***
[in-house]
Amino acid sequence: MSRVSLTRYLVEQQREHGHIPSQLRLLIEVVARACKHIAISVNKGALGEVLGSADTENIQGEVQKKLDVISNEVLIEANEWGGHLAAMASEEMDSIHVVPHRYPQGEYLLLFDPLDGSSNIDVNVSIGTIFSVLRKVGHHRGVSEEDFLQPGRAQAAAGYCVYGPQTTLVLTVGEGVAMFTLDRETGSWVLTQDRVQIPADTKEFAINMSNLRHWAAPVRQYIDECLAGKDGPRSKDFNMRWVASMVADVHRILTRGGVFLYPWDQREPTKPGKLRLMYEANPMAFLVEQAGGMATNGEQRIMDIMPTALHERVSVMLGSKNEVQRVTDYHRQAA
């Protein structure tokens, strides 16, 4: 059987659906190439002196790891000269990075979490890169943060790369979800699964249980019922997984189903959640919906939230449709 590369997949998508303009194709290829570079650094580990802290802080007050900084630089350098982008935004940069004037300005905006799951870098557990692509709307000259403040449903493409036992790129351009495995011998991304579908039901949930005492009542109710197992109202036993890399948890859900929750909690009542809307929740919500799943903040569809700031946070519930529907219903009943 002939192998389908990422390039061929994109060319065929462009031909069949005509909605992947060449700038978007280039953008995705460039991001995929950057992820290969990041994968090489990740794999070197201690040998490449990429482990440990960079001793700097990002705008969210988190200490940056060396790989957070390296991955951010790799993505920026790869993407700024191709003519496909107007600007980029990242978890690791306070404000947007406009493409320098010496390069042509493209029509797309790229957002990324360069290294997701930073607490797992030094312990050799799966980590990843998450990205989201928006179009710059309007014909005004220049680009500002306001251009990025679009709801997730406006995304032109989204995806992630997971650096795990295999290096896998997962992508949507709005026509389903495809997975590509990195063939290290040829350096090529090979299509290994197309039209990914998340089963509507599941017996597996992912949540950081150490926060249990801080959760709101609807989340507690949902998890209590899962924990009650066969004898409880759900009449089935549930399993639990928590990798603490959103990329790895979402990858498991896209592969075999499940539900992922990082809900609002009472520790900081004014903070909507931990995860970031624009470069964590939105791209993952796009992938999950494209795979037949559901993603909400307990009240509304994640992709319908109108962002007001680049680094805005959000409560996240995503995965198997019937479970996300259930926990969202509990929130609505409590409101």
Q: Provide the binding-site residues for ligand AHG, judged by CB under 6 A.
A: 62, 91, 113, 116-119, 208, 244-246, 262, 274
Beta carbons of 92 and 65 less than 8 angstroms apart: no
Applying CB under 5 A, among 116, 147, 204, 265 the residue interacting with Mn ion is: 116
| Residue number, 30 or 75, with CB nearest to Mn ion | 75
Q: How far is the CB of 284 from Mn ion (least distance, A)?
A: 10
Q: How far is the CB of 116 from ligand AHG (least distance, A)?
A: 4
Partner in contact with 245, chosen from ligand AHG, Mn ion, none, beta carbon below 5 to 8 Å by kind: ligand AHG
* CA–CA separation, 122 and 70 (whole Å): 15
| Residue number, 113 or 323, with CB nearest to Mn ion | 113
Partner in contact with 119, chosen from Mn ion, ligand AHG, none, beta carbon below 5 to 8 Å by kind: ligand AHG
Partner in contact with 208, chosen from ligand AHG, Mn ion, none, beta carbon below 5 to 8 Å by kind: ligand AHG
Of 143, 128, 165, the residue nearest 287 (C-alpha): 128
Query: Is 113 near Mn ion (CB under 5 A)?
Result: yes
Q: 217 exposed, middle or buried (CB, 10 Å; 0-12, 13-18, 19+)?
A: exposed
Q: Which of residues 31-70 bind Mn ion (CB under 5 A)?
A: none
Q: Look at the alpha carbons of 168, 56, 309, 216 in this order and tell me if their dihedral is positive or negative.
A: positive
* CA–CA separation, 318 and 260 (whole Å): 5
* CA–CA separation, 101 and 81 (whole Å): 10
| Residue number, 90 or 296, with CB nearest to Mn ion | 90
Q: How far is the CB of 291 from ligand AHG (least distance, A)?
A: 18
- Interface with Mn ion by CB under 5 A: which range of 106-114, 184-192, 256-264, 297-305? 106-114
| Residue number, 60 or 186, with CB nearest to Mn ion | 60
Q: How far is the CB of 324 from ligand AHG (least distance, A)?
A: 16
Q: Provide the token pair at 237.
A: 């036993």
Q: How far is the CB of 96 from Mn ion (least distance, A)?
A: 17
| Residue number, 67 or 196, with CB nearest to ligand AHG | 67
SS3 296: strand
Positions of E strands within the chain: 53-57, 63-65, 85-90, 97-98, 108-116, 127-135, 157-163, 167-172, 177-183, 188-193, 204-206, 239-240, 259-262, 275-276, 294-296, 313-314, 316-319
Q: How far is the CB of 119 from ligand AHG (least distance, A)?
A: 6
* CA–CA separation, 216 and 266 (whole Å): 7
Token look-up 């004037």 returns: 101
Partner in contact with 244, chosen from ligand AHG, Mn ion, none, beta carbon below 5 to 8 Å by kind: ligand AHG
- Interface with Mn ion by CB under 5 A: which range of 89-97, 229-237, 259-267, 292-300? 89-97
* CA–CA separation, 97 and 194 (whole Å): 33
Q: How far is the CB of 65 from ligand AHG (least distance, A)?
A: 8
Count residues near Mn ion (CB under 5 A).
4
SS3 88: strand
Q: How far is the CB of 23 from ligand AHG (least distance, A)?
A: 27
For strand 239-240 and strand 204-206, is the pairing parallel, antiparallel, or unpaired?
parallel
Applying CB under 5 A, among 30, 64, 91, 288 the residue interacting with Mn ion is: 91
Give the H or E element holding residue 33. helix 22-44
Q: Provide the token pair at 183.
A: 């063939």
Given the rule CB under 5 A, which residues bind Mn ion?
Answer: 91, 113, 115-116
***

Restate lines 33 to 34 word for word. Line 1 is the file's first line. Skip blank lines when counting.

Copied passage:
| Residue number, 60 or 186, with CB nearest to Mn ion | 60
Q: How far is the CB of 324 from ligand AHG (least distance, A)?